// BarryBlog //

A creative dumping ground for issues that interest me personally and professionally, with the thought they may interest you too. Issues such as the business of design, the design of business, the design of objects, design strategy, creative direction, innovation, creativity, thought leadership, observations, as well as recommendations, mid-century modern decorative arts and architecture, and the state of my thinking (and currently the state of my heart).

Friday, January 25, 2008

200 College Students Study Themselves

Staggering. I have kept this post short. Because your attention span is small.

For those with a longer attention span: This is a short video summarizing some of the most important characteristics of students today - how they learn, what they need to learn, their goals, hopes, dreams, what their lives will be like, and what kinds of changes they will experience in their lifetime. Created by Michael Wesch in collaboration with 200 students at Kansas State University.

( via swissmiss )

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Anonymous Anonymous said...

WOW! I love this clip -- another great one by that department. However, I continue to be astonished that it is cultural anthropology bringing this to light and not another discipline. Additionally, I continue to wonder what plans colleges have to remedy this.

And then, because my own attention span flies on whim, this segment reminds me of an anthropology class I took at WSU. We were at a satellite facility (here in Vancouver) and we attended class via video conferencing. We experienced our teacher as a "talking head." When she visited our location and class was hosted at our site, we couldn't change our mindset. We continued to look at her via the TV, rather than focus our attention on the live person in front of the class. Funny and a bit telling. Times are changing...will educators and the system catch up?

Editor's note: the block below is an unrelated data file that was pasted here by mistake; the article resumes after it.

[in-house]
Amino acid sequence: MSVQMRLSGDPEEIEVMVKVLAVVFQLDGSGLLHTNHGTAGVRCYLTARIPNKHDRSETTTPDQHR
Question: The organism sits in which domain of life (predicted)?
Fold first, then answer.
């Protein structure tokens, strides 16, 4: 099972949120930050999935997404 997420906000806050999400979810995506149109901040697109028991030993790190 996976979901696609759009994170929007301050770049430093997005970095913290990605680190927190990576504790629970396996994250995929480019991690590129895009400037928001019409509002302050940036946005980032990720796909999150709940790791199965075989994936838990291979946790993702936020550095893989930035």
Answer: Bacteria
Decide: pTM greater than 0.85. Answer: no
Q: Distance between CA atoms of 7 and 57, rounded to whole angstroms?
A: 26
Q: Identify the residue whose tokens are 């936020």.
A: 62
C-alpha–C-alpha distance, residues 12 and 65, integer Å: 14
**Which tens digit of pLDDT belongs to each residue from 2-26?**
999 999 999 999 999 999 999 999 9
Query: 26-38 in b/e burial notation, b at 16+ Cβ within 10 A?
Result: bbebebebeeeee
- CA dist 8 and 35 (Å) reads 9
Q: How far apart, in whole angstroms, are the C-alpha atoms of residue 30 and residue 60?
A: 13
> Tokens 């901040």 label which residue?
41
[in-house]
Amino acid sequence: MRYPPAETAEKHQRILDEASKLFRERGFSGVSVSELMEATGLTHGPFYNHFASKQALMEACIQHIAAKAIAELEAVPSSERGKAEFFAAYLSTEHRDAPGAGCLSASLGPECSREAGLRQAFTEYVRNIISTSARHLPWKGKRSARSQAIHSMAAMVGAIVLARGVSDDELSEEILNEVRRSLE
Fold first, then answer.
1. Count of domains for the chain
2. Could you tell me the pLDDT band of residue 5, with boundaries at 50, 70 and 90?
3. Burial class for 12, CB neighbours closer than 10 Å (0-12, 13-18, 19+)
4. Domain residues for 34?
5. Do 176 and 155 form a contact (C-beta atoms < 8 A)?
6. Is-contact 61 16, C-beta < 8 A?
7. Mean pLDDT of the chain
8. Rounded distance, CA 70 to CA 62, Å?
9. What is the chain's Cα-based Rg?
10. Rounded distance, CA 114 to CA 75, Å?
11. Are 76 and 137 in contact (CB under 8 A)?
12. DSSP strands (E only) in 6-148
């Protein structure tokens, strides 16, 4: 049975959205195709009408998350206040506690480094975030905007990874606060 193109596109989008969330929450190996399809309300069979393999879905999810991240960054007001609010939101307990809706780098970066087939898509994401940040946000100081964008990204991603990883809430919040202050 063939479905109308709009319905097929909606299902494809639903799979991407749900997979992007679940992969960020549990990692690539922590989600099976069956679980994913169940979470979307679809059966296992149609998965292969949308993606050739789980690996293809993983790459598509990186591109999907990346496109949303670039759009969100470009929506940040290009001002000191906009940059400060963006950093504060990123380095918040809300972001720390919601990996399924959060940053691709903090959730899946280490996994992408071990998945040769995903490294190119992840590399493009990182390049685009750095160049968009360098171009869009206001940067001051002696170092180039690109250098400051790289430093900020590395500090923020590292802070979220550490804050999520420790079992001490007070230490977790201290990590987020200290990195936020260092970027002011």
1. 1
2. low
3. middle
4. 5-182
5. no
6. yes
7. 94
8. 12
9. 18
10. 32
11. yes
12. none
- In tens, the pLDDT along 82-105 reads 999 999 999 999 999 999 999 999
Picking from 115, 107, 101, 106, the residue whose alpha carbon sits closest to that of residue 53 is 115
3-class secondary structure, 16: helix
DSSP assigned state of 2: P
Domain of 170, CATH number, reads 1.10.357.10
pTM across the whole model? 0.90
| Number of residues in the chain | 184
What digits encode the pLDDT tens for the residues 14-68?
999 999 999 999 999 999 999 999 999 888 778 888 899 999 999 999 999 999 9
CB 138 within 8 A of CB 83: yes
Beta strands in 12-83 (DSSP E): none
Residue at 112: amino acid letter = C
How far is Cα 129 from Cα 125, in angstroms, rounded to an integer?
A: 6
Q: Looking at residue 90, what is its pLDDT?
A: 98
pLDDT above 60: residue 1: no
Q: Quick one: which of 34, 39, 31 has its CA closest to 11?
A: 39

Also, thanks for always finding gem after gem! I just love your blog so much, Barry. I'm always learning from and feeling inspired by it!

10:41 AM  
Blogger studiosmith said...

I'm still digesting it myself, but it does seem the system is a bit sprained, if not broken. It does take both parties though and some of the onus is on the student's to dig in and put in the time and ask the questions to educate themselves. If I was in school (as I feel I still am sometimes) I would be taking full advantage of all web resources. I didn't have that and it is a huge advantage. Another tool. Students shouldn't sit back and complain, they should get ahead by all means possible. And of course, as the video suggests, the schools have a big responsibility to change with the times too. Interesting how many degrees end up meaning nothing and how many people without degrees are billionaires. Certainly an about face.

What discipline did you think would have better bring this to light?

8:13 PM  
Anonymous Anonymous said...

I agree (that students share in this) and I'm laughing a bit because I suddenly remember using an old beat up typewriter in college (at least for the first year). Word processing was completely new back then (1985). And, the web would have been so awesome! (My second year, I met this cute guy with a computer...the rest is history.)

Oh, and I love the quote from 1967.

You know, after thinking about it a little more, I've decided that cultural anthropologists are the appropriate observers here. I'm still impressed by the video itself (the zoom in for more info, like you'd do on the web). I guess I expected computer geeks to notice this and report on it, but then again, they are deeply embedded.

As for my mention of remedy -- I think I was too quick to judge, too. There may be no issue here. Just a behavior that is interesting. I guess I put myself in the shoes of a current student and just couldn't see myself survive if I worked like they are working (apparently). But, they may be very good at it. It'd be interesting to find out more.

12:52 AM  
Anonymous Dean said...

This is an incredible video. I love how all the students collaborated to make it. It would be interesting to know what teachers think of this video as they are on the "other side" trying to teach the next generations. The arcane methods that we still use to teach kids remind me of my college days. I had to take classes that used methods of editing and writing that even back in the early '90s we knew we weren't going to need. I endured the methods because I was learning a lot from that teacher and I liked the subject, but even then I wondered how much more I could be getting out of the class if the teach was preparing me for the future instead of showing me how it was done in the past.

11:02 AM  
Blogger studiosmith said...

Righty-o. Maybe the democrats can fix 'er? All I know is that according to my fifth grade teacher wife, "no child has been left behind" (that is except those who were left behind, so-to-speak – not that there are any).

4:47 PM  

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